I've got one off school and at home all day at the moment, not very well.
I LOVE it when they are off sick for a couple of days.
Obviously I'm only talking about a cold or a sore throat or something, touch wood I've never had a foster child with anything more serious.
I love it because it's a fantastic opportunity to get to know them better, and vice versa. They can't rush out and play, can't spend the day in front of the PC or on their phone. I let them come downstairs and lie on the sofa under a duvet watching TV. There's some good stuff on; wildlife documentaries, they all love Ray Mears (the outdoor survivalist) and that dangerous animals chap Steve somebody.
The day starts great with me going straight into their good books when I say;
"I don't think you're well enough to go to school today..."
So I phone the school then get them settled downstairs where a) I can keep an eye and b) I can get some quality engagement going.
I do a regular Florence Nightingale; hand on forehead checking their temperature, asking if their tummy is alright, asking to see their tongue (God known what I'm looking for but it all adds to their sense of being cared for).
I re-assure them "It's nothing to worry about, just a bug. You'll be fine in a couple of days, in the meantime just concentrate on getting better."
Then I keep up a supply of nice healthy things to eat and drink. They seem more susceptible to things such as raw fruit and veg, plain toast and a glass of milk, when ill.
I often linger after a delivery and watch a bit of what they're watching, doing a bit of bonding, just showing appreciation of the programme they're enjoying.. Then after a bit, when the telly gets a bit stale for them, they start a conversation.
I'm not flattering myself; I know they're talking to me because there's no-one else around and they can't message friends or disappear upstairs; they're not well enough. So you get some decent chats going, definitely better than the average.
Of course, there are all sorts of forces at work, one being the hope that a day off school might turn into two. But if I can get meaningful chats going it's an investment for the future, because foster children often don't really know how to have a joined up conversation and it's one of our jobs to show them how it works:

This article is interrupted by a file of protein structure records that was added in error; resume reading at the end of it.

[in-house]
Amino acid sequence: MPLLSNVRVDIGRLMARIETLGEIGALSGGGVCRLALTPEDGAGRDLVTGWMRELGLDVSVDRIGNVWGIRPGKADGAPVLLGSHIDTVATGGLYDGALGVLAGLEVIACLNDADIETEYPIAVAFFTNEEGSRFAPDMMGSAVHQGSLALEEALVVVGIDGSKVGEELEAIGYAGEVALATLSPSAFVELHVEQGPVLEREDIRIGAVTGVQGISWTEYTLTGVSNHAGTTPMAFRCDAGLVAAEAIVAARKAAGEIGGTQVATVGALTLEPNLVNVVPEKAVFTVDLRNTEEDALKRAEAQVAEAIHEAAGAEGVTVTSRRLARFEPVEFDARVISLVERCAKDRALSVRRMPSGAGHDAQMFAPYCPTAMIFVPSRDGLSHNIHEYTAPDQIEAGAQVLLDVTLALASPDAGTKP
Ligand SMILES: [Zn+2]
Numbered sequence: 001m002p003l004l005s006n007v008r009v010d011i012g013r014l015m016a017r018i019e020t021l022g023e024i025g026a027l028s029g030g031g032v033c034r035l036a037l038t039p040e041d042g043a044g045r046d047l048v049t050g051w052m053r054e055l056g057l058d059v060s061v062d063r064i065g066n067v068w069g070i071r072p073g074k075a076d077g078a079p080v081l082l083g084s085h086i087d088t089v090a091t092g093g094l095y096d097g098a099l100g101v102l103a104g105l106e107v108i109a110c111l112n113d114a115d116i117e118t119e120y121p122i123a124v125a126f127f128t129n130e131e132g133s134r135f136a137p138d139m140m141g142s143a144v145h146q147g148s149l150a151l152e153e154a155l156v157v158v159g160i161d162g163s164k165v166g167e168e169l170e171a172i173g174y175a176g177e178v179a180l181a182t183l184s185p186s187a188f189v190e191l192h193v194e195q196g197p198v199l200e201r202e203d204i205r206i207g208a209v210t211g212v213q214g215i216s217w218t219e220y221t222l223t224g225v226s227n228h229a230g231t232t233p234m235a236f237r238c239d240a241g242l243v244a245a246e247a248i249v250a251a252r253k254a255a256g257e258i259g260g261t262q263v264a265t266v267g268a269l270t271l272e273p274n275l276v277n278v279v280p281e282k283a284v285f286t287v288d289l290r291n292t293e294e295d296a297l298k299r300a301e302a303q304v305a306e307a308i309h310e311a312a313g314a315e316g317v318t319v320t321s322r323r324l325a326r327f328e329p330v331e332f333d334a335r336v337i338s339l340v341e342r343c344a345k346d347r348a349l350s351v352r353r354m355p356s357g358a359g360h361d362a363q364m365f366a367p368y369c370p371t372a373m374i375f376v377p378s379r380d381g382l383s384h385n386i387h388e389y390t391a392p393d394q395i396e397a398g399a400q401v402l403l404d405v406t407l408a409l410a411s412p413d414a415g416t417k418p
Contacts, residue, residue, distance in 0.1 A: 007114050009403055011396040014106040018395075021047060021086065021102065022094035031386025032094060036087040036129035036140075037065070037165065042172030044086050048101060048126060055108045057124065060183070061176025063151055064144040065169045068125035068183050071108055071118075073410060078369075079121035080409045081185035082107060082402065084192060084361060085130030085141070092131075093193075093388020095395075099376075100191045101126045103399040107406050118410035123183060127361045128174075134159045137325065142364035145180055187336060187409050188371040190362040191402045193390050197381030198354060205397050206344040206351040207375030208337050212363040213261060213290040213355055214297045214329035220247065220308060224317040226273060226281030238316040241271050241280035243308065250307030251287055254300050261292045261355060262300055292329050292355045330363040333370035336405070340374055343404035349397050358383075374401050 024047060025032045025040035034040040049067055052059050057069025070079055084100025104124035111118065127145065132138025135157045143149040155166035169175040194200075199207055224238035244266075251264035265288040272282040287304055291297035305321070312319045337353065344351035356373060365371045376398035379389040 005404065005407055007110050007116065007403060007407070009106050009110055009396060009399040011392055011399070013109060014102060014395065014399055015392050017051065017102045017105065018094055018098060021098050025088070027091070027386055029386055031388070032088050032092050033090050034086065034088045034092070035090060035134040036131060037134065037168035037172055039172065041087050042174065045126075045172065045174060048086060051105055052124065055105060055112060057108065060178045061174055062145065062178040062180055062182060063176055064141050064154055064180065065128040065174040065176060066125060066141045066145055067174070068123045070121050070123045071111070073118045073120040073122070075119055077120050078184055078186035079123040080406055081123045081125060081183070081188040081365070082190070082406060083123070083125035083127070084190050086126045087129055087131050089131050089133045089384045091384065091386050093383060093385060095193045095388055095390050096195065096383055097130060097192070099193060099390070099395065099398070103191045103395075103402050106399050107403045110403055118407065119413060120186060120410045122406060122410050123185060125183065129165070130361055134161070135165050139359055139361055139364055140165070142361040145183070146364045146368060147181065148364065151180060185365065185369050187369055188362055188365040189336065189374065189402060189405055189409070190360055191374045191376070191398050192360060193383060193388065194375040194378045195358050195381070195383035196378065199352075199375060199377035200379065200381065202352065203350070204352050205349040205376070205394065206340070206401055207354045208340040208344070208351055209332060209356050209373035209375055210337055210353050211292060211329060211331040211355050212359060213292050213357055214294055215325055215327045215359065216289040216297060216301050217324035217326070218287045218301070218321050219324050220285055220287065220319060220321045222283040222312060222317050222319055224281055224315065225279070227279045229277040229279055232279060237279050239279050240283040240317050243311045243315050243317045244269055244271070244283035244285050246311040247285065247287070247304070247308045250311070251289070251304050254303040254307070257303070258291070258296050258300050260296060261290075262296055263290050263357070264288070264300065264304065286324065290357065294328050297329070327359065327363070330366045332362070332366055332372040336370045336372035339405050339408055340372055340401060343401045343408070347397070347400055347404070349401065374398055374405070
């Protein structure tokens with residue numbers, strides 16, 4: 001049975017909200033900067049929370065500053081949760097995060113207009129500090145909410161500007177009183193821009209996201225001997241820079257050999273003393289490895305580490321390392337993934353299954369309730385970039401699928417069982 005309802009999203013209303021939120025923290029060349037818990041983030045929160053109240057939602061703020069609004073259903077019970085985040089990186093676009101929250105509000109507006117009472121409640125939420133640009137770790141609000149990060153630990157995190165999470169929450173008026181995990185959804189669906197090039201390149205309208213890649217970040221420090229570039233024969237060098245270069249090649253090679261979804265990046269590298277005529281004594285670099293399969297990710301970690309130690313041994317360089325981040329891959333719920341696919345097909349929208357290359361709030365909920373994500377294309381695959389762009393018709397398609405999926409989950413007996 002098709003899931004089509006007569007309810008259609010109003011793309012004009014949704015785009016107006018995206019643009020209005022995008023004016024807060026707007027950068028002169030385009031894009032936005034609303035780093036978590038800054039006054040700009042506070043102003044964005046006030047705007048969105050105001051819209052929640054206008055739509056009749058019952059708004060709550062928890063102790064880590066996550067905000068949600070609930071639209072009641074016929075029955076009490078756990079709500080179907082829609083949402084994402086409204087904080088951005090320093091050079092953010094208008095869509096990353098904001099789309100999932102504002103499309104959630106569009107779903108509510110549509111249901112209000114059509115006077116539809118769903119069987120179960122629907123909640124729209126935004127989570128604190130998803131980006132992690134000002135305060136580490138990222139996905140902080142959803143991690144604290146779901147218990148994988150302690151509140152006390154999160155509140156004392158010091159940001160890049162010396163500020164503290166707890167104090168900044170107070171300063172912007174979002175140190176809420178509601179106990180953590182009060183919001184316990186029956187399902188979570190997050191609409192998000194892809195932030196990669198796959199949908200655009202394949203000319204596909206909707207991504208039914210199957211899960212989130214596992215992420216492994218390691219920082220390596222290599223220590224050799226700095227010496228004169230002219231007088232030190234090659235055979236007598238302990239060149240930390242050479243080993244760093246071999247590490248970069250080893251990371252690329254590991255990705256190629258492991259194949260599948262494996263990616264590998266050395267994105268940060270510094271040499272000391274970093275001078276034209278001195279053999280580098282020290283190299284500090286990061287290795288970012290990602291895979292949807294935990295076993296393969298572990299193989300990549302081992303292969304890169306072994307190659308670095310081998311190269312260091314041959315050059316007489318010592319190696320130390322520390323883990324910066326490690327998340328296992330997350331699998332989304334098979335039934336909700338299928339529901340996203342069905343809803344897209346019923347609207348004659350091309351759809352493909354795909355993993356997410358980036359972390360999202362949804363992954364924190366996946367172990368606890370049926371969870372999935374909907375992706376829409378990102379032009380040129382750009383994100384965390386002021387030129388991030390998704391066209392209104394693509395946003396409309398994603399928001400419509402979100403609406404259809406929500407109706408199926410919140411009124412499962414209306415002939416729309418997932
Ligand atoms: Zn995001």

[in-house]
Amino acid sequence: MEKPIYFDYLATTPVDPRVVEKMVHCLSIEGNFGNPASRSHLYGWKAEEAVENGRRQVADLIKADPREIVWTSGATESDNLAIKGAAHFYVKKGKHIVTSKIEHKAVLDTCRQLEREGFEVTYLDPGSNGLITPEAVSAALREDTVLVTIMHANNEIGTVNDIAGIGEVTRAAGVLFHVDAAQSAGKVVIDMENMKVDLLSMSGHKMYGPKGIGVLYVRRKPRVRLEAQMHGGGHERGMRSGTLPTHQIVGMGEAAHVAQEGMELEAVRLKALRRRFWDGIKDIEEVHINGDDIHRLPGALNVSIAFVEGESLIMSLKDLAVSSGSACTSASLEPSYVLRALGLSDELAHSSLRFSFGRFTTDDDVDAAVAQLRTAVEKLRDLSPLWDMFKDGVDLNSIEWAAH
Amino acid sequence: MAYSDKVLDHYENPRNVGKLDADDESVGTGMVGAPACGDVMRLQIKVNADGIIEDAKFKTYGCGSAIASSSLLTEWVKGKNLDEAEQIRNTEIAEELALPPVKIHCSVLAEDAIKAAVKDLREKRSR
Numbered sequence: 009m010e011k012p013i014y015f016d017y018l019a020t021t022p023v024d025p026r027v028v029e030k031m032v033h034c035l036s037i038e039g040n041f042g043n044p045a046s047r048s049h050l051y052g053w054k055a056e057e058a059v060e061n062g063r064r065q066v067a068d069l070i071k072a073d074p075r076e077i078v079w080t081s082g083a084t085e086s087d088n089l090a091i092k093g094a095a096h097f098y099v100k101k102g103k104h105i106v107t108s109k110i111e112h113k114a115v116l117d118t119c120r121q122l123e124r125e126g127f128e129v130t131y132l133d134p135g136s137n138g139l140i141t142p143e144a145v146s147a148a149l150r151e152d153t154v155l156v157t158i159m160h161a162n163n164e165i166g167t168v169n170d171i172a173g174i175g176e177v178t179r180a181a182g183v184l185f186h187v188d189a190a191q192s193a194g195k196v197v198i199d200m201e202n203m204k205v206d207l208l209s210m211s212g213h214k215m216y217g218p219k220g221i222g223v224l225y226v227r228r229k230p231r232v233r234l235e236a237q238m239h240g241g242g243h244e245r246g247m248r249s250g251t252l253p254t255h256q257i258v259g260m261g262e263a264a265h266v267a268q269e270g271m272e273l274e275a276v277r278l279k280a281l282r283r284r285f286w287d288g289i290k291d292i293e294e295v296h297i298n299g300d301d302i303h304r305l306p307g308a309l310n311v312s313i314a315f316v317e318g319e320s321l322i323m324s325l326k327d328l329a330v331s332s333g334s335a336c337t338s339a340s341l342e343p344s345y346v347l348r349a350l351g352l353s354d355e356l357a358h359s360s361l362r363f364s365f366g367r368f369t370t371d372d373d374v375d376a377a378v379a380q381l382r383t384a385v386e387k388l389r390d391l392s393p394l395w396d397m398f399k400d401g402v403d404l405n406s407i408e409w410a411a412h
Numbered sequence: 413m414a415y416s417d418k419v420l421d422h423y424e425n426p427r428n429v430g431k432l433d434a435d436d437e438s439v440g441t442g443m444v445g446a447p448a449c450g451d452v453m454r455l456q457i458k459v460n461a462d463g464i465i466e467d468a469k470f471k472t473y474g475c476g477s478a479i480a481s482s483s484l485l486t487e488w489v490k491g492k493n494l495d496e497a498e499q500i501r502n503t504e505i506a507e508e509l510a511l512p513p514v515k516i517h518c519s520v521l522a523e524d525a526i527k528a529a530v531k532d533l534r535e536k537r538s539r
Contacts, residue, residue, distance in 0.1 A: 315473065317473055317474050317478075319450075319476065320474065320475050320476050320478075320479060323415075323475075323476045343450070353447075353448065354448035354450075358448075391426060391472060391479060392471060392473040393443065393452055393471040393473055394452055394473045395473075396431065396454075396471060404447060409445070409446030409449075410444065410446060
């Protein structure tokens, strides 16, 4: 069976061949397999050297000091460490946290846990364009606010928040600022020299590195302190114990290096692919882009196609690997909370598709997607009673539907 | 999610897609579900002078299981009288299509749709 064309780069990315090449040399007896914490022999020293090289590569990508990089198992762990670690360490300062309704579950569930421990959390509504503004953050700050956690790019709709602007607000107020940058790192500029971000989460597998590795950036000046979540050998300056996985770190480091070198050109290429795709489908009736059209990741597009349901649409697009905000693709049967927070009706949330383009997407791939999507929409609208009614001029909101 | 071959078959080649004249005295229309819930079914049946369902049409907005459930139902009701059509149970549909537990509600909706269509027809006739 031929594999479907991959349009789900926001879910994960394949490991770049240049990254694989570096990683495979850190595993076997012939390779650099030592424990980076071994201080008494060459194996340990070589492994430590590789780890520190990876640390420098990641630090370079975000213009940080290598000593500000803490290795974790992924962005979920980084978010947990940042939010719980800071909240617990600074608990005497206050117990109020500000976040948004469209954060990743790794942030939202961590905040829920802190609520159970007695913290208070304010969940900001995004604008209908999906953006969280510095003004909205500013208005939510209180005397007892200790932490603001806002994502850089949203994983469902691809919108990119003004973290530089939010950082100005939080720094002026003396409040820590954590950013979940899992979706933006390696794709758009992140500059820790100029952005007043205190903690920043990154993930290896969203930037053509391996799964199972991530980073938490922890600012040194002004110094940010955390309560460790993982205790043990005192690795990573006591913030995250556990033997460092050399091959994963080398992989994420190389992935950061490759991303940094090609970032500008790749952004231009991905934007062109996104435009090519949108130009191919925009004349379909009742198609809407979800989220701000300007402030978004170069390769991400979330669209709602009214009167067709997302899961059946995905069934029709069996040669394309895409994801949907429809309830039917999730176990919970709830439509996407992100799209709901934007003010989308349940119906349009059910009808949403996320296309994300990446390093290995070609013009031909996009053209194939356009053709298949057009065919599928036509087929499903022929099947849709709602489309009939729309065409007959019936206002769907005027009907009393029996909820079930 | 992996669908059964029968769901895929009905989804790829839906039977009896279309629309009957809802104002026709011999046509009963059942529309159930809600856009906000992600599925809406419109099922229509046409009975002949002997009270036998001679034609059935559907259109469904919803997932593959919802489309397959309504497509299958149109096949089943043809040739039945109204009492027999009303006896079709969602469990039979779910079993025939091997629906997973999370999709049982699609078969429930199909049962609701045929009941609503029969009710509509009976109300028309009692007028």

So. I say something and they say something about the something I've said and add something of interest or maybe finish with a question, to which I reply and then either ask a question or make an observation and ask if they agree and blah-de-blah-de-blah you're having a conversation.
So many children in care try to avoid the intimacy of an engaged conversation with their carers, we can easily get disappointed when we hear them burbling away with friends in the back of the car.
Looking after a looked-after child when they are unwell is sometimes the very closest we can get to being a real parent to them. They are vulnerable, we are strong - but gentle and kind.
I feel it, and I think many of them do too.
It matters not that I've actually got the same illness as the child, and wouldn't mind being under a duvet on the sofa myself with someone bringing me a regular supply of hot sweet tea, Covali and chocolate digestives.
I know that Brideshead Revisited is on somewhere on ITVRemembers, but I'm happy to do the nursing and share Spongebob Squarepants, because what I'm getting is sweeter than any sugar and more substantial than any classic drama with Jeremy Irons.
It's an unwell child getting better in body.
And in spirit.